"Sham" Annexation Violated Public Policy and is Invalid

State law authorizes a municipality to annex unincorporated territory to the municipality in a number of different ways. A municipality may annex a property voluntarily, when a property owner files an annexation petition requesting that its property be annexed. A municipality may also annex property involuntarily or forcibly, if certain statutory conditions are met. For example, a municipality may forcibly annex a property that is "wholly bounded" by one or more municipalities without the owner's consent. In Chicago Title Land Trust v. County of Will, the court considered the legality of a forcible annexation that was contingent upon the validity of a previous voluntary annexation.

The municipality had entered into an annexation agreement with ComEd to annex a 5 acre parcel to the municipality. Pursuant to the annexation agreement, ComEd agreed to file an annexation petition to voluntarily annex its property, subject to certain conditions. Those conditions included the ability to disconnect the property upon ComEd's request. The annexation agreement was approved, and the property annexed pursuant to its terms.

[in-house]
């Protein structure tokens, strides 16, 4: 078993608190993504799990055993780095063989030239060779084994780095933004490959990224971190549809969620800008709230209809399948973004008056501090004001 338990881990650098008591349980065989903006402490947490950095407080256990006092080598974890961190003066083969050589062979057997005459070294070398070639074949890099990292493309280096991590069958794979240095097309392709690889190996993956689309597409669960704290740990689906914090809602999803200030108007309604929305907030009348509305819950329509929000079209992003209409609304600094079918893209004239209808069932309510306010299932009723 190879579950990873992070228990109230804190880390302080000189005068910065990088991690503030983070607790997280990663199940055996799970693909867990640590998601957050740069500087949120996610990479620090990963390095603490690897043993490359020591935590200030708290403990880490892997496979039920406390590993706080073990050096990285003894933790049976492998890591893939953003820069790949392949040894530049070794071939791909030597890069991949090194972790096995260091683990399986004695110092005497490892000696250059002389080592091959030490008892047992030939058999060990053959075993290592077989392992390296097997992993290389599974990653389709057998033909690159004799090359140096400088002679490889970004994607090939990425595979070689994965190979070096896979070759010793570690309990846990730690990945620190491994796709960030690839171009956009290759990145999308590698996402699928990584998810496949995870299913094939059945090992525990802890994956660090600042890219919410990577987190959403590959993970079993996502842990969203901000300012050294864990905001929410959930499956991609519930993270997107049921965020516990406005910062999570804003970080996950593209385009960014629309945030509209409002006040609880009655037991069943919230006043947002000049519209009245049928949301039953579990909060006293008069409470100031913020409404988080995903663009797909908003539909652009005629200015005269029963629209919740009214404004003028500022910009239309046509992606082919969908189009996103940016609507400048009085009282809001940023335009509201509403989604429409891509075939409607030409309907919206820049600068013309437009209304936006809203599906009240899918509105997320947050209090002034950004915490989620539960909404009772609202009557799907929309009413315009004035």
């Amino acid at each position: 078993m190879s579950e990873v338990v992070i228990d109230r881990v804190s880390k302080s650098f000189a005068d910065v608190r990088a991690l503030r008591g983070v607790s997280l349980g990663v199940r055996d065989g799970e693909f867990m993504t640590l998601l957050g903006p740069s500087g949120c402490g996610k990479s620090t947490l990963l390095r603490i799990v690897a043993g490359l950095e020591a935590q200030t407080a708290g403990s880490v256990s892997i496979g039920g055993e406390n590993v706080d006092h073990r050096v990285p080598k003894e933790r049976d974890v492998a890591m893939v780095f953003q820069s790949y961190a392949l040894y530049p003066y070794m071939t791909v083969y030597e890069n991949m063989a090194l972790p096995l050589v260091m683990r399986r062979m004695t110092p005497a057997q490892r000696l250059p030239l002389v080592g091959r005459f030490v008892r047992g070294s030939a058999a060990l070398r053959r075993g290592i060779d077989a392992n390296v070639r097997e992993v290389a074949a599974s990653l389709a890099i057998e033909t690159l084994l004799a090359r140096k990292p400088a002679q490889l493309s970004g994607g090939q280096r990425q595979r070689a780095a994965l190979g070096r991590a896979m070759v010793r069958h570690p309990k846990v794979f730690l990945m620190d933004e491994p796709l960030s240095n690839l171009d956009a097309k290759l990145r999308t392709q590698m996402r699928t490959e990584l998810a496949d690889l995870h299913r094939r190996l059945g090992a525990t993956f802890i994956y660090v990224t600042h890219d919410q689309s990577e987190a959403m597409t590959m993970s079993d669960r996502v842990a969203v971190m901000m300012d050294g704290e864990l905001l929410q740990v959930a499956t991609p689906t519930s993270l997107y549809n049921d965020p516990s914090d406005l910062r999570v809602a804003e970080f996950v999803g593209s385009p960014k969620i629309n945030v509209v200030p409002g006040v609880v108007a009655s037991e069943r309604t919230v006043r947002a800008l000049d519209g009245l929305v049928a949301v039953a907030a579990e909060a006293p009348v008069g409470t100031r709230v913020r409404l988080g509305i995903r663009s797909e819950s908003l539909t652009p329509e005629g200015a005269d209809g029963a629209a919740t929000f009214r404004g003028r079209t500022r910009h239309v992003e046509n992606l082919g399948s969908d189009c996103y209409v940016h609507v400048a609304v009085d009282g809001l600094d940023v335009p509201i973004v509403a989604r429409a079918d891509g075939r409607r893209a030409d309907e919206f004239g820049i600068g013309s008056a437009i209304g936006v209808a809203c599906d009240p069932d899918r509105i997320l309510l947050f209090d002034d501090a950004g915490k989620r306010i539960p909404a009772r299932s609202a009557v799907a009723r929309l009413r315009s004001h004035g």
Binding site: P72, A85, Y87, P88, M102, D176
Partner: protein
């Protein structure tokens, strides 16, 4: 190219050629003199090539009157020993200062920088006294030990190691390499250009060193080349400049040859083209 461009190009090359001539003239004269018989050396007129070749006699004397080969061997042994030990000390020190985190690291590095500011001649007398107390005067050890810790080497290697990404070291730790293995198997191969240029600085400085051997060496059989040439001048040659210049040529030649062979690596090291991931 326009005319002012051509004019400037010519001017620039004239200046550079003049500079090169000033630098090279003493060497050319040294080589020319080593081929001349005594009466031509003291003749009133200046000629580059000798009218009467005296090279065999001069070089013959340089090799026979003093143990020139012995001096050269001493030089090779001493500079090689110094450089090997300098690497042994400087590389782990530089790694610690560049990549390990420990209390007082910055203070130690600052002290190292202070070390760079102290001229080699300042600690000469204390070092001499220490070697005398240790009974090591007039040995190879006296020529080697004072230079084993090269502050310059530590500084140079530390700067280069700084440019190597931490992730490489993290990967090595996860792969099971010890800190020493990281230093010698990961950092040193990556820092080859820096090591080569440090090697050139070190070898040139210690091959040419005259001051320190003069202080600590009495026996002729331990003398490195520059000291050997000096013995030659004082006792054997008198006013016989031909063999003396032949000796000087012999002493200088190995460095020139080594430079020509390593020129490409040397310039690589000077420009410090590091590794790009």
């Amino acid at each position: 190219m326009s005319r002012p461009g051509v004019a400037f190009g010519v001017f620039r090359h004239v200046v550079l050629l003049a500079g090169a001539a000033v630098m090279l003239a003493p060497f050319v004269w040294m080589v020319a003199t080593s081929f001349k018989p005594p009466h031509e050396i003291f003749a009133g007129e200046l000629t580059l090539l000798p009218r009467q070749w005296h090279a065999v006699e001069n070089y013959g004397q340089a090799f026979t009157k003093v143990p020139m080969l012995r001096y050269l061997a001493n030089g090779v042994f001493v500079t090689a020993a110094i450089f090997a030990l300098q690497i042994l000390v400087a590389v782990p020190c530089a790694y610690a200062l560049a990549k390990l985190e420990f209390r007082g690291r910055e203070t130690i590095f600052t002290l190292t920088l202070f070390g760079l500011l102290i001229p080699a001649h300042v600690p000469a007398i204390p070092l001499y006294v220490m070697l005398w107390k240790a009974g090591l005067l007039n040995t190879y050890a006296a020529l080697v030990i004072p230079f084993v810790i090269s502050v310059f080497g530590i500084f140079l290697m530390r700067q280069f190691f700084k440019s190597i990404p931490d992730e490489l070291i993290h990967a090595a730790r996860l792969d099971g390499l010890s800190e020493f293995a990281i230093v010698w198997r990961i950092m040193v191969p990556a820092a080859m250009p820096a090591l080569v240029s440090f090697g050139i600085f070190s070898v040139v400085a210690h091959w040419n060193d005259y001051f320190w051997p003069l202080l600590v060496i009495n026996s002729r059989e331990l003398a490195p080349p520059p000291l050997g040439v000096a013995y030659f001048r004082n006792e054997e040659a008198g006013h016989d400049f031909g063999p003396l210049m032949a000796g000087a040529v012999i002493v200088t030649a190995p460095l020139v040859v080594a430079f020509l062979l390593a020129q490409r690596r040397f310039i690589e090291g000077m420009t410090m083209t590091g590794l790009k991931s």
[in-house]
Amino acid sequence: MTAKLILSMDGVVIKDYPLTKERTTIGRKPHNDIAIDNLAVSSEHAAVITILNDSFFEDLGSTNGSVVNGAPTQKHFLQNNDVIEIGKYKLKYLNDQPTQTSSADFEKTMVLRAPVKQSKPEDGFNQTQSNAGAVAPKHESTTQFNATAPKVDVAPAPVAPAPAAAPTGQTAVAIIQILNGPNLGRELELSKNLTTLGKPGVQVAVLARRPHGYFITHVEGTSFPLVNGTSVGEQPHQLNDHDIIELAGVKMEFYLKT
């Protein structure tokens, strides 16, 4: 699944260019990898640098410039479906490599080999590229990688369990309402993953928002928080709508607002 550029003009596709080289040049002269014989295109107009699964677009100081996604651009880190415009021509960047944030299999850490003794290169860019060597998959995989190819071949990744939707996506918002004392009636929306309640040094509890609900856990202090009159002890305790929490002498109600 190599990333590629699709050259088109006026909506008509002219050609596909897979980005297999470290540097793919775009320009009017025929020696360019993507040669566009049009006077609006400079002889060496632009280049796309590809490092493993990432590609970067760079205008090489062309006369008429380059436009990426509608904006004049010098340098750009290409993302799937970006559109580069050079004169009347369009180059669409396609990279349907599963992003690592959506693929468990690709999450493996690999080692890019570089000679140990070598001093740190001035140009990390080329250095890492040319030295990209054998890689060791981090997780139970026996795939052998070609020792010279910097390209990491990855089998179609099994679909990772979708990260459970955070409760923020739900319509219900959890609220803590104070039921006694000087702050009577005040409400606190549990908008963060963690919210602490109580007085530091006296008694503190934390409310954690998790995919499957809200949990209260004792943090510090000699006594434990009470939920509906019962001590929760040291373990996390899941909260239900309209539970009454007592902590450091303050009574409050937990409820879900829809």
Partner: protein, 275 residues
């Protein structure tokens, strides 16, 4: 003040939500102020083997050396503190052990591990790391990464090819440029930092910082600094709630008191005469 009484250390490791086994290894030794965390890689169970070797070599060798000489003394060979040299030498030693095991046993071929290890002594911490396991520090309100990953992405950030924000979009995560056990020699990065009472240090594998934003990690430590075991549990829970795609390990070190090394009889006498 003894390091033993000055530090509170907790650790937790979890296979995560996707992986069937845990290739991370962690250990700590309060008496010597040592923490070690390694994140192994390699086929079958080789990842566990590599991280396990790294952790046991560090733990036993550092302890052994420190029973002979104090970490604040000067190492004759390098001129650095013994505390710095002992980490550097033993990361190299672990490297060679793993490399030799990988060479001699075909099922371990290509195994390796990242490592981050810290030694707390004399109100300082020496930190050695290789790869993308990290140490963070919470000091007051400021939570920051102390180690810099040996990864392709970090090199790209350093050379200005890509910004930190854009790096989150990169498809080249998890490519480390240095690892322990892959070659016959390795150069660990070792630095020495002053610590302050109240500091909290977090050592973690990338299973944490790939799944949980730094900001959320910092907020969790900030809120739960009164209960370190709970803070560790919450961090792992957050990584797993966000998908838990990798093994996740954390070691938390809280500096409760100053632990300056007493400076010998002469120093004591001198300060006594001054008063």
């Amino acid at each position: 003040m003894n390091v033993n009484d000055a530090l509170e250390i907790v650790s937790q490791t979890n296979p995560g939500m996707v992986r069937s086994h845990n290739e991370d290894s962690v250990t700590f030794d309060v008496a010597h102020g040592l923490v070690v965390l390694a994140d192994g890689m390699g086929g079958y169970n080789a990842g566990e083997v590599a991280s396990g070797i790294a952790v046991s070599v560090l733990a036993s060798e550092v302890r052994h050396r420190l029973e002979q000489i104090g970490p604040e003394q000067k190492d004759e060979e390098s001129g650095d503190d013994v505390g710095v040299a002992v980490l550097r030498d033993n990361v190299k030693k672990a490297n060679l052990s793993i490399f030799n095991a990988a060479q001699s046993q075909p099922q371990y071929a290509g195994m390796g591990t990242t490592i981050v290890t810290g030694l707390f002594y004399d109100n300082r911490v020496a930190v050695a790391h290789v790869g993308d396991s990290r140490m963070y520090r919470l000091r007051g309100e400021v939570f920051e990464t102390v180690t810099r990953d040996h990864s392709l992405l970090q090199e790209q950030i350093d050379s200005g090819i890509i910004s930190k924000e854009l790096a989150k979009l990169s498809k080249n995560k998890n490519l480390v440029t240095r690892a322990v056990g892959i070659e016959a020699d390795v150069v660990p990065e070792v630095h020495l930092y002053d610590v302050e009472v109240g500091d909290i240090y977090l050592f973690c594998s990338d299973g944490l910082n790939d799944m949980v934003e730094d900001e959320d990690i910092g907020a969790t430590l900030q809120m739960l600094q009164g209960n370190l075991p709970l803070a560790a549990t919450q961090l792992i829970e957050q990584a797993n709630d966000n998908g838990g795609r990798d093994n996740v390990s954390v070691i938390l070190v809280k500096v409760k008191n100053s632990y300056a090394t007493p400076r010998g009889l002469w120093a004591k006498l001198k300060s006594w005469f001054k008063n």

Subsequent to the annexation of the ComEd property, the municipality adopted an ordinance forcibly annexing property that became "wholly bounded" as a result of the ComEd annexation. Shortly thereafter, the property owner filed suit, challenging the forcible annexation as a "sham" based on the terms of the annexation agreement and the municipality's actions.